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A group of landowners in West Somerset has successfully overturned a decision to allow badger culling closer to their property.
They have been vaccinating badgers on their land as an alternative to the cull.
Natural England was proposing to remove the buffer zone between them and the culling area, but has now backed down in the face of legal action.
Campaigners against the badger cull say they're preparing a fresh legal challenge.
It came as rock star Brian May led a mock funeral procession at Westminster in memory of badgers already killed in Somerset and Gloucestershire.
The cull, which the government says is backed by leading vets, was recently extended to Dorset but Dr May said he was seeking a judicial review:
Brian May will lead a march to oppose the planned Government badger cull later.
MPs will join the Queen guitarist at the event in London, which has been organised by Team Badger - a collective group of animal welfare charities.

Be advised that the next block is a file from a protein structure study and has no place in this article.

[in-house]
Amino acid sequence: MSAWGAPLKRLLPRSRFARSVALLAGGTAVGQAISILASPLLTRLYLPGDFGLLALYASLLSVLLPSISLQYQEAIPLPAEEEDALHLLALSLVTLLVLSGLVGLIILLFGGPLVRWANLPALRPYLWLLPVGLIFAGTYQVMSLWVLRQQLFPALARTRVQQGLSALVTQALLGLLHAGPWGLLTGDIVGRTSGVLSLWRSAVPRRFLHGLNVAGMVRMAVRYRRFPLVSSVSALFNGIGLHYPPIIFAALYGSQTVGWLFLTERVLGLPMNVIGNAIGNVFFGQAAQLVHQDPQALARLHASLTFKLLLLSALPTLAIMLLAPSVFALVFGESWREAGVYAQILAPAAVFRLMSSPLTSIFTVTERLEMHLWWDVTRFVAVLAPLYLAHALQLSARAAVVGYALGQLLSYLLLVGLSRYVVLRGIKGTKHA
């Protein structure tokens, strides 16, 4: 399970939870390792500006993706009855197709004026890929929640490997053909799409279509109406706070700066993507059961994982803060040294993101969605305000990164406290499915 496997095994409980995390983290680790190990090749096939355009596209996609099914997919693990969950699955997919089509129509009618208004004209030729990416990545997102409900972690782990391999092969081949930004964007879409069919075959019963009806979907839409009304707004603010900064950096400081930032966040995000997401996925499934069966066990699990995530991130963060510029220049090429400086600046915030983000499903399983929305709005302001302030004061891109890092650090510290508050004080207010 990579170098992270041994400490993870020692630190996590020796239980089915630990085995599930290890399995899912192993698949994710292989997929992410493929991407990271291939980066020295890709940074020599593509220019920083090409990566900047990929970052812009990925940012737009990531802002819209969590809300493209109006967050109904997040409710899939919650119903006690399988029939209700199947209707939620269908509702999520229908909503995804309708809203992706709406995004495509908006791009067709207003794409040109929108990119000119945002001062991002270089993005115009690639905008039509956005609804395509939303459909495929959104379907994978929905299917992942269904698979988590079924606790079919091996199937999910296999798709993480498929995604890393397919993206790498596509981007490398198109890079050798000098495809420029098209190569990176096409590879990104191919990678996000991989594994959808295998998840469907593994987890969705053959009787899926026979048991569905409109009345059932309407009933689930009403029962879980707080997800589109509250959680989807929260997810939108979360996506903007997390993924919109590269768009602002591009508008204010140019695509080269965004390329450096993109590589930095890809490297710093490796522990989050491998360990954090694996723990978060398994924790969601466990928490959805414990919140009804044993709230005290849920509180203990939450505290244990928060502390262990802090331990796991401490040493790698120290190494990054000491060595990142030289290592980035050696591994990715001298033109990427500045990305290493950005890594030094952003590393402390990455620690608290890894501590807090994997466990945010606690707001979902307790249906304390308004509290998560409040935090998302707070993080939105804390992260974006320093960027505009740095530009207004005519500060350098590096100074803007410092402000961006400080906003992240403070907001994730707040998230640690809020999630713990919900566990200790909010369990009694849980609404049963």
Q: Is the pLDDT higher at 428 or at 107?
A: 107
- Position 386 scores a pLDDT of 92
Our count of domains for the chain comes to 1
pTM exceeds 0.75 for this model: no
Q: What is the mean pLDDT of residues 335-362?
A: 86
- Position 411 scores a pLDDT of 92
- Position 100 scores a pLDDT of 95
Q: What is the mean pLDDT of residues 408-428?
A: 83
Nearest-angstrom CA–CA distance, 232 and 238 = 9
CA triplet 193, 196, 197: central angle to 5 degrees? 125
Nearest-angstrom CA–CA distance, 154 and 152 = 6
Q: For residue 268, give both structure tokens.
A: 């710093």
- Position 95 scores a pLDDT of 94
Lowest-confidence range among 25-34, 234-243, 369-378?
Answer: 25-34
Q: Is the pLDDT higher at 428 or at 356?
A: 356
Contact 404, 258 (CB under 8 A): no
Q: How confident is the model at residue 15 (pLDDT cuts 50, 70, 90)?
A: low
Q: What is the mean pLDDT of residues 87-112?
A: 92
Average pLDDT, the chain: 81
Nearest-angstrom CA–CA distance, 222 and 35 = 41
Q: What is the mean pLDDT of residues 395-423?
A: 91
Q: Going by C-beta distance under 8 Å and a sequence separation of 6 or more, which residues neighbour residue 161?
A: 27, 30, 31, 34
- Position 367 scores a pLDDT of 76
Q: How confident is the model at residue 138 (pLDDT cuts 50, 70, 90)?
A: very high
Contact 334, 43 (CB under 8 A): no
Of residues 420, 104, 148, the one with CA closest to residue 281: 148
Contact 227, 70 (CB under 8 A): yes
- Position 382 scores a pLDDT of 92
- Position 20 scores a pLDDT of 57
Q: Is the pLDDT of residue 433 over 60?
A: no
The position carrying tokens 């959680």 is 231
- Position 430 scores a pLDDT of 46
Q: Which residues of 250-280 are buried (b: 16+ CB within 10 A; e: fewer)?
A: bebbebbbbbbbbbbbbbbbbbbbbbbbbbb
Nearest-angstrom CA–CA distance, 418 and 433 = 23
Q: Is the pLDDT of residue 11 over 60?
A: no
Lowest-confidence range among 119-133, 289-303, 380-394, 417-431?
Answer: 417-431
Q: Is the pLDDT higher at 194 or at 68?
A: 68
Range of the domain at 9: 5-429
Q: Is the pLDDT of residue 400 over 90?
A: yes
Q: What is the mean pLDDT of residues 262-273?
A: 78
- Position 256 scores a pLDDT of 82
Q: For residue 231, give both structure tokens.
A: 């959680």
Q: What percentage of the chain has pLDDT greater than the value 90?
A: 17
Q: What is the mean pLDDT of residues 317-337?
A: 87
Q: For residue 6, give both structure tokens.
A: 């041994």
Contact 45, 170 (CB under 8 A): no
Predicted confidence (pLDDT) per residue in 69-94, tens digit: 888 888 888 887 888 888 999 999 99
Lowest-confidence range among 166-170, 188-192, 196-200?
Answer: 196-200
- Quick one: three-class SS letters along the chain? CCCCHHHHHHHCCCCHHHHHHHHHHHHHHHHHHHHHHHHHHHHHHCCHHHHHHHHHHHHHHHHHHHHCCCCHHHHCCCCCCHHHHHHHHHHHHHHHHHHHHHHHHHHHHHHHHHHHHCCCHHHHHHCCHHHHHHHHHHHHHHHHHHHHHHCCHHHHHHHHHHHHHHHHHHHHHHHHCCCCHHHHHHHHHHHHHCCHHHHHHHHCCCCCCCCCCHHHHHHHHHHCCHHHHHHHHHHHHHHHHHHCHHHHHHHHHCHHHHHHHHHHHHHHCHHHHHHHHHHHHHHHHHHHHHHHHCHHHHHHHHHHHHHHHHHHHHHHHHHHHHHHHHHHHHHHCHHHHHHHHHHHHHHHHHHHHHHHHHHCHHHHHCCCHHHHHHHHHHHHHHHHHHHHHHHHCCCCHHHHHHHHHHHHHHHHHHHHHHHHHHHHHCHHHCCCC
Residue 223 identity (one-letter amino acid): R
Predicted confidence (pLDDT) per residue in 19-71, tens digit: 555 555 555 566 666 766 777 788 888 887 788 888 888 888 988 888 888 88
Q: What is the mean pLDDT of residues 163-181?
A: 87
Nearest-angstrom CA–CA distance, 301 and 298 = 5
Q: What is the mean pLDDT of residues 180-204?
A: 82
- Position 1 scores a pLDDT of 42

Almost 2300 badgers were killed in the last cull, between 2013 to 2014.
The government has announced that the Badger cull has officially restarted in Somerset and Gloucestershire - as well as in a new area in Dorset.
The Department for Environment, Food and Rural Affairs says Bovine TB costs taxpayers £100m each year and is a significant threat to the future of our beef and dairy industries.
But protesters argue that the culls are ineffective.
The cost of culling badgers to tackle TB in cattle in Gloucestershire and Somerset is more than previously thought.
It costs £6,775 to kill one badger. This is nearly £600 more than predicted by the anti-cull Badger Trust, who made a Freedom of Information request that led to the real figures being released by the Environment Department (DEFRA).
The overall cost of the cull is almost £16.8 million.
A DEFRA spokesman says bovine TB has cost £500 million over the last decade.
The government has recently approved extending the cull to Dorset.